Rock Products

NOV 2018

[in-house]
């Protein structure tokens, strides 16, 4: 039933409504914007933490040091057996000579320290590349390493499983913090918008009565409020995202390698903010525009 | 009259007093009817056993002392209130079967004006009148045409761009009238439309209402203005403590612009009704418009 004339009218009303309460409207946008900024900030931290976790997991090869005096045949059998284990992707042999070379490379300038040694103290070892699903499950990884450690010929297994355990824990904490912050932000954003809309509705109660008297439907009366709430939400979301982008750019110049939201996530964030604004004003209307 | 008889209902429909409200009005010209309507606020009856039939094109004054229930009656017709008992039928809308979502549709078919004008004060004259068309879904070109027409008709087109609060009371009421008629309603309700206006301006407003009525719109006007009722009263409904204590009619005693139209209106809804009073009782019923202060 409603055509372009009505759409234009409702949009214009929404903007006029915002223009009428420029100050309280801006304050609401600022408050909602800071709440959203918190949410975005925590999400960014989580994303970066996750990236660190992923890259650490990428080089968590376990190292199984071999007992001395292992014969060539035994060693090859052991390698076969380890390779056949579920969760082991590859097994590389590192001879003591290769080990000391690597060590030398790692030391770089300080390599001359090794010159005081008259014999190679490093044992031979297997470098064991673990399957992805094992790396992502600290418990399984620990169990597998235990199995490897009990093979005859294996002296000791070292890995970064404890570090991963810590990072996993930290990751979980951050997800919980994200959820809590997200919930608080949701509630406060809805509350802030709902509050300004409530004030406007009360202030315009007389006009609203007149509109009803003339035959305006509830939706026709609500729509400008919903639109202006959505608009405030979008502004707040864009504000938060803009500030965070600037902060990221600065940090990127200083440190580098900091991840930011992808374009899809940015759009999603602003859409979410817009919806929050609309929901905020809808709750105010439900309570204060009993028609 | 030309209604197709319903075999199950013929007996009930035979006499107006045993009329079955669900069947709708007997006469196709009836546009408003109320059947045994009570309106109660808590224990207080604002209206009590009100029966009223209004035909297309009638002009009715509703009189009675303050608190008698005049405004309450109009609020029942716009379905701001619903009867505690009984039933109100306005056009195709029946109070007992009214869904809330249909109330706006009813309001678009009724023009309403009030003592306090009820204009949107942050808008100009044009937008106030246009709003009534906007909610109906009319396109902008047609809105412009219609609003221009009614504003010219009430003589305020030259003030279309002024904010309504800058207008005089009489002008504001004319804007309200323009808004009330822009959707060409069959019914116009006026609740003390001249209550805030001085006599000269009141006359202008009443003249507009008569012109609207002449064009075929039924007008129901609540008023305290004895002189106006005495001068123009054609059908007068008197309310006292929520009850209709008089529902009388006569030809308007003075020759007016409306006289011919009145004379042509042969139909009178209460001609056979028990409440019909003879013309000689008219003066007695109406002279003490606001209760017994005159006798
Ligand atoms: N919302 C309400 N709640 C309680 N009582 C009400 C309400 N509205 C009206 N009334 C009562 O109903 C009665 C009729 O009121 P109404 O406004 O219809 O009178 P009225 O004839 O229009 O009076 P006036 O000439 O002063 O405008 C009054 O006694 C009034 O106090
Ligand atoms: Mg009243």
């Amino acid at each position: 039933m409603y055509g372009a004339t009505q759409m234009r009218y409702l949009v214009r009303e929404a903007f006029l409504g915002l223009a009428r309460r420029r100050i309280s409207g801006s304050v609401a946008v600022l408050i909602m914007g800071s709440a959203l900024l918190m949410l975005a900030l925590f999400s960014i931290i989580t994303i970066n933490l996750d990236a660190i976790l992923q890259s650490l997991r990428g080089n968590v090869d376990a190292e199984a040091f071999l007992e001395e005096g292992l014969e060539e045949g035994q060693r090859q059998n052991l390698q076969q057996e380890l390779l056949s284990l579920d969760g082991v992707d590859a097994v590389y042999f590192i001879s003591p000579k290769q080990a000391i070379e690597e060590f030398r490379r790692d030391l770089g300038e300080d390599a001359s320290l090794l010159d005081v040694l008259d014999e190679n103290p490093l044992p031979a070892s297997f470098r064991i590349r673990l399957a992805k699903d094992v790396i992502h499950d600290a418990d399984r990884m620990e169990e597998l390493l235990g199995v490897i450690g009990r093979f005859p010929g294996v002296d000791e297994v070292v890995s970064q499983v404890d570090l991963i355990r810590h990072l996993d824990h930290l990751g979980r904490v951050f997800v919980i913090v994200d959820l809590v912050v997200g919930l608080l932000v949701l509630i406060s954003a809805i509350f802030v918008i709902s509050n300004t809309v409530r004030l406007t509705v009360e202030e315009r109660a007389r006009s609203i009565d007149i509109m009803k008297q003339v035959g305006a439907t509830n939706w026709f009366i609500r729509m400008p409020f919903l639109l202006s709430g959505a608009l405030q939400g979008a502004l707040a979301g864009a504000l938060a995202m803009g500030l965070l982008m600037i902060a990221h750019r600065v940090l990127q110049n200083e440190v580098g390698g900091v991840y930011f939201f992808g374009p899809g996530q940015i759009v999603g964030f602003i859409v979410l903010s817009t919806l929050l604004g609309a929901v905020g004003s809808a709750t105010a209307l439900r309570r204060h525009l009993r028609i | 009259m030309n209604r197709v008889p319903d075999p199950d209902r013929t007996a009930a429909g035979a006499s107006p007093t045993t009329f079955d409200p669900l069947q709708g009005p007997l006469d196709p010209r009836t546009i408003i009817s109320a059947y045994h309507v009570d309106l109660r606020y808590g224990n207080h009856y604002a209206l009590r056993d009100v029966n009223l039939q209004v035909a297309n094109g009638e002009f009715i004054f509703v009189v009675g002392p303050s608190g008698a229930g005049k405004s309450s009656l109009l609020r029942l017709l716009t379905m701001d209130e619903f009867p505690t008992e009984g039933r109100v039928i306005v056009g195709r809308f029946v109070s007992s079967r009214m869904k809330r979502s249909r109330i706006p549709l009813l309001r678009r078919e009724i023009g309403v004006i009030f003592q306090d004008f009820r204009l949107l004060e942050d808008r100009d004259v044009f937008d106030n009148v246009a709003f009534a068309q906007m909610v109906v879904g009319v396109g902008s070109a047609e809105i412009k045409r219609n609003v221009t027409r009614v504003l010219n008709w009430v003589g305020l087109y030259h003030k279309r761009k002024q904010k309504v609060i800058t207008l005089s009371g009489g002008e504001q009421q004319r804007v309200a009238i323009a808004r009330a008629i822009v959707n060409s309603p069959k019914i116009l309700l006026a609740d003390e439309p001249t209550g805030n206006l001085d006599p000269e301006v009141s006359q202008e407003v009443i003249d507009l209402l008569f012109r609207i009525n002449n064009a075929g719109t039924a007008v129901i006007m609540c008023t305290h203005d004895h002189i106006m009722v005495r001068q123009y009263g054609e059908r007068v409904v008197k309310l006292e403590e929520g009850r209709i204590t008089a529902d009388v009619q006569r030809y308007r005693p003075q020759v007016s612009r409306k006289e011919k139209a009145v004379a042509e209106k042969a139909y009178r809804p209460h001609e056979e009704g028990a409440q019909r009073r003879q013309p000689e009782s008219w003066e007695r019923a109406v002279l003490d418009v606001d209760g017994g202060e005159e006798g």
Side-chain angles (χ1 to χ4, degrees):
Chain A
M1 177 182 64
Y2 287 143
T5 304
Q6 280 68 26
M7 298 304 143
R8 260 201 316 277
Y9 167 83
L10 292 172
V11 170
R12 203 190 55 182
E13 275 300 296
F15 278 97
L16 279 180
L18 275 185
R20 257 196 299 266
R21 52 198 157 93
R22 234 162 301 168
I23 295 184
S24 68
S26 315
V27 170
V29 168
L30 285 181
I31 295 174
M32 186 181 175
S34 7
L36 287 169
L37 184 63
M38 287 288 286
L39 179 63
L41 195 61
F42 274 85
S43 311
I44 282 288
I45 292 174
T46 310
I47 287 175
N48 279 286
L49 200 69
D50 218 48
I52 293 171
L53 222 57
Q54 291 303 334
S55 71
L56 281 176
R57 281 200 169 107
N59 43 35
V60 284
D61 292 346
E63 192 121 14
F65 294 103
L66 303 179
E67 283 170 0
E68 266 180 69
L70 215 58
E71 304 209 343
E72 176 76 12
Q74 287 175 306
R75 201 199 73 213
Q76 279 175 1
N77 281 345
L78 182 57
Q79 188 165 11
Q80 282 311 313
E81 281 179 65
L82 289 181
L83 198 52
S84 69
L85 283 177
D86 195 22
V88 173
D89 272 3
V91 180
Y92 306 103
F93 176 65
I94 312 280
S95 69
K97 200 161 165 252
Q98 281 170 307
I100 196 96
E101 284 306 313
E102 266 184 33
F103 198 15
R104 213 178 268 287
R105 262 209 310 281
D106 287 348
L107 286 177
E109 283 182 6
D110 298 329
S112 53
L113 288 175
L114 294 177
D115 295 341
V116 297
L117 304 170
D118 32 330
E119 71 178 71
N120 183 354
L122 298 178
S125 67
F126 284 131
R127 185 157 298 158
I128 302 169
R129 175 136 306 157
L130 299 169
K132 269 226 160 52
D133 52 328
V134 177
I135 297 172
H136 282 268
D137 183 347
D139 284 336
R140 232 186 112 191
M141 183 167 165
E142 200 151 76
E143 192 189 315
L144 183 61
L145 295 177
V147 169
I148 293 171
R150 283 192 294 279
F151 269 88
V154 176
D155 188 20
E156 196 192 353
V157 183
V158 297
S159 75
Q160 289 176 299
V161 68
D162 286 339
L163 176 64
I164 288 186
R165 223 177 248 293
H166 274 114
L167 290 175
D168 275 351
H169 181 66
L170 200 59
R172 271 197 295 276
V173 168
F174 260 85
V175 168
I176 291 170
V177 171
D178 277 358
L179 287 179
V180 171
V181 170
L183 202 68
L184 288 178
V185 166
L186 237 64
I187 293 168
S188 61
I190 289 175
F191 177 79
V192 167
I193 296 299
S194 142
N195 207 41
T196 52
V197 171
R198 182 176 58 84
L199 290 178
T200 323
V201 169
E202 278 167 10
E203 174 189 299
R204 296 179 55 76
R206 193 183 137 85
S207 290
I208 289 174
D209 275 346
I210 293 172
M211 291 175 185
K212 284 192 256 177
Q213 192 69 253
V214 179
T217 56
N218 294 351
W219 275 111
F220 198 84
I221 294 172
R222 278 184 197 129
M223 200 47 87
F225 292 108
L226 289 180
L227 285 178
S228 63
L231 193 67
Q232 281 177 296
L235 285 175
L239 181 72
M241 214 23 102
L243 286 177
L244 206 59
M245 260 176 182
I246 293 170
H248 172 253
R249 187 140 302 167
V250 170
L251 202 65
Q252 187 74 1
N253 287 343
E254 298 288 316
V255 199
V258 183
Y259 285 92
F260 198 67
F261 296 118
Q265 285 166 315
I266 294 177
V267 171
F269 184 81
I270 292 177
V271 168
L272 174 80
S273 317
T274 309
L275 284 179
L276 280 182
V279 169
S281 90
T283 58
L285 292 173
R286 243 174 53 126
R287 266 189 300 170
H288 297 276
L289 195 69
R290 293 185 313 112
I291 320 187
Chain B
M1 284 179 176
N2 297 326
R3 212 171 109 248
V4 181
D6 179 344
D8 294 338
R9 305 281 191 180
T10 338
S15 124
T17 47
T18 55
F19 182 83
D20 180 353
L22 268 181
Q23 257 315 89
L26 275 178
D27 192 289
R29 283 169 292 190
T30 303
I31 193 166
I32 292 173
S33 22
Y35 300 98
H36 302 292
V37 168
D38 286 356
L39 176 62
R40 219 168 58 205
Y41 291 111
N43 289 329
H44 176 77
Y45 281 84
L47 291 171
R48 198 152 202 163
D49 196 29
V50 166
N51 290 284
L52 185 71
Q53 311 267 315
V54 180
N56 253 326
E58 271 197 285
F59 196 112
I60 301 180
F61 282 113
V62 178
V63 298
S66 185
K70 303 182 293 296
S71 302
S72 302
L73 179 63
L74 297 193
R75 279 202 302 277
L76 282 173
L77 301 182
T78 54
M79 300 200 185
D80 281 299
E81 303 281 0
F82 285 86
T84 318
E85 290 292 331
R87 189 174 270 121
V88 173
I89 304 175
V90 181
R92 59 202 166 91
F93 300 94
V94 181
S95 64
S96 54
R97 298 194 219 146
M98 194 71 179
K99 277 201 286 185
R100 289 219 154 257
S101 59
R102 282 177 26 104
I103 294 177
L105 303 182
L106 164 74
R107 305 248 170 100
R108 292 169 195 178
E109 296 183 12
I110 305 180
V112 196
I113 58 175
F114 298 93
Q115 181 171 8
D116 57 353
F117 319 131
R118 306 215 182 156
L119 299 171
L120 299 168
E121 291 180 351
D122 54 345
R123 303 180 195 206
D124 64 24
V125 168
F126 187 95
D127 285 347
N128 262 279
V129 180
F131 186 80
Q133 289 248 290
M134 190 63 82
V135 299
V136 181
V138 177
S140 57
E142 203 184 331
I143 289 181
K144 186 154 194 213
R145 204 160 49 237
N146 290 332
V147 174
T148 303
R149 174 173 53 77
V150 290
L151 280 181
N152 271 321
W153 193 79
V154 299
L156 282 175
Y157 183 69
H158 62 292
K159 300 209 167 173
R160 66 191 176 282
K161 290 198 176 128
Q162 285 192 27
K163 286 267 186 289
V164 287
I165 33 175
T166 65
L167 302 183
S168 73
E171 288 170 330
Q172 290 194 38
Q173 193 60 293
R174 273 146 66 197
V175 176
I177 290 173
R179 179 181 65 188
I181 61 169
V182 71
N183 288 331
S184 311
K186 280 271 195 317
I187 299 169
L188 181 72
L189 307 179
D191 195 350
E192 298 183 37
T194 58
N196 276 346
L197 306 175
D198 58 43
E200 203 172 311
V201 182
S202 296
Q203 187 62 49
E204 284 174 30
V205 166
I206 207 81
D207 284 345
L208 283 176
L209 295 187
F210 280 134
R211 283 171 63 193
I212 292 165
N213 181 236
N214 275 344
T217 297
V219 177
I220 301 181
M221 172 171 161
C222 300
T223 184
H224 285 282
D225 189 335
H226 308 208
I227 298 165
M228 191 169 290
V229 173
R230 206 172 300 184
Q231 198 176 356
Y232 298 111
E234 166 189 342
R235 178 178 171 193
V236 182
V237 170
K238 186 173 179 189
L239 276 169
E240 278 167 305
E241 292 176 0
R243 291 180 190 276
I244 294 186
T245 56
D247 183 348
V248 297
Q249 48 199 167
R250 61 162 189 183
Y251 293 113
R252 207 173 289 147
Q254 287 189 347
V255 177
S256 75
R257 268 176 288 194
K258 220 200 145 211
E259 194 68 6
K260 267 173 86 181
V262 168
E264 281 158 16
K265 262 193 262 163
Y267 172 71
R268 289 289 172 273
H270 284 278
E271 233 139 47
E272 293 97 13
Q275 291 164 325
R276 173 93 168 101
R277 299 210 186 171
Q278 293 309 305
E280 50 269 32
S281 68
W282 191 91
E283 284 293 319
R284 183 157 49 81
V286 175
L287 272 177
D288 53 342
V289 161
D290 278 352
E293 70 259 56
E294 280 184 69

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Page 64 of 107 ROCK products • November 2018 • 63 ENVIRONMENT The National Stone, Sand and Gravel Association (NSSGA) submitted a Statement for the Record to the Senate Subcommittee on Superfund, Waste Management, and Regulatory Oversight in support of their efforts to ensure that the Environmental Protection Agency (EPA) bases regulations and guidance on transparent science. NSSGA supports legislation that asks regulators to release data, models and studies so that academics and interested parties are provided the opportunity to validate the findings. "Society's need for a healthy envi- ronment must consider the needs of all those affected by its regulations. A transparent regulatory process – informed by accessible, reproducible scientific methods, data and findings – provides the best opportunity for achieving both imperatives," the asso- ciation wrote in the official statement to the committee. "EPA's proposal rec- ognizes and catalogs ample convincing evidence that the agency's present rulemaking process is inadequate and should be modernized." Subcommittee Chairman Sen. Mike Rounds (R-S.D.) said that the Oct. 3, 2018, hearing titled "Oversight of the Environmental Protection Agency's Implementation of Sound and Trans- parent Science in Regulation," was focused on exploring opportunities to improve the transparency of science used by EPA to create regulations. "I have, in the past, been concerned that the broad discretion and lack of trans- parency at the EPA has led the agency to seek out the science that supports a predetermined policy outcome, rather than relying upon the best available science before coming to conclusions," said Rounds. "Failing to do so results in regulations that overly burden our economy without having a substantial impact on human health or environ- mental protections." Andrew Wheeler, acting EPA admin- istrator, recently told attendees of NSSGA's Legislative & Policy Forum that sound science must be the foun- dation of everything the agency does. "Americans deserve to know the science guiding EPA decisions that may impact their lives, especially when it's funded with taxpayer dollars," he said. The U.S. Environmental Protection Agency (EPA) hosted a roundtable with Smart Sectors partners to mark one year of Smart Sectors' work, engage in mean- ingful dialogue about agency priorities and to discuss environmental improve- ments across manufacturing sectors. "President Trump is committed to revi- talizing manufacturing in America and as part of this promise, EPA has part- nered with regulated stakeholders to ensure open lines of communication and better environmental and economic outcomes," said EPA Acting Administra- tor Andrew Wheeler. "I am pleased to kick off manufacturing week with the release of the Smart Sectors Program's first annual accomplishments report that details the program's extensive stakeholder engagement including 400 meetings in its first year." The "Smart Sectors Accomplishments Report for 2017-2018" shares other metrics, such as: developing ongoing relationships with many trade associ- ations that represent 13 sectors of the economy, hosting two Administrator roundtables with all sectors, and par- ticipating in 17 site visits that covered the operations of nine different sectors. In its first year, the program also cre- ated a video and story map about best practices in permitting, and unveiled a new sector snapshots web tool to provide environmental and economic data about three sectors – chemical manufacturing, utilities and power generation, and iron and steel – partic- ipating in the program. The Smart Sectors program staff vis- ited the following sites to learn more about sector operations: Chevron Phillips Chemical Co. plant in Lake Jackson, Texas; Port of Cleveland and ArcelorMittal iron and steel facility in Cleveland; Empire Dairy in Wiggins, Colo.; JBS/Five Rivers Cattle Feeding in Kersey, Colo.; Port of Virginia in Nor- folk, Va.; Marathon Petroleum Corp.'s Catlettsburg Refinery in Catlettsburg, Ky.; Empire State Building energy efficiency retrofit and Hudson Yards sites in New York; The Boeing Co. in Charleston, S.C.; FoodMaven in Colo- rado Springs, Colo.; Port Tampa Bay in Tampa and Mosaic Four Corners Mine in Bradley, Fla; Zentech Manufacturing electronics facility in Windsor Mill, Md.; Donjon Shipbuilding and Repair in Erie, Pa.; Fair Oaks Farms in Fair Oaks, Ind.; and a Lehigh Hanson cement plant in Union Bridge, Md. EPA Kicks Off Manufacturing Week with Smart Sectors Roundtable NSSGA Calls for Transparent Science

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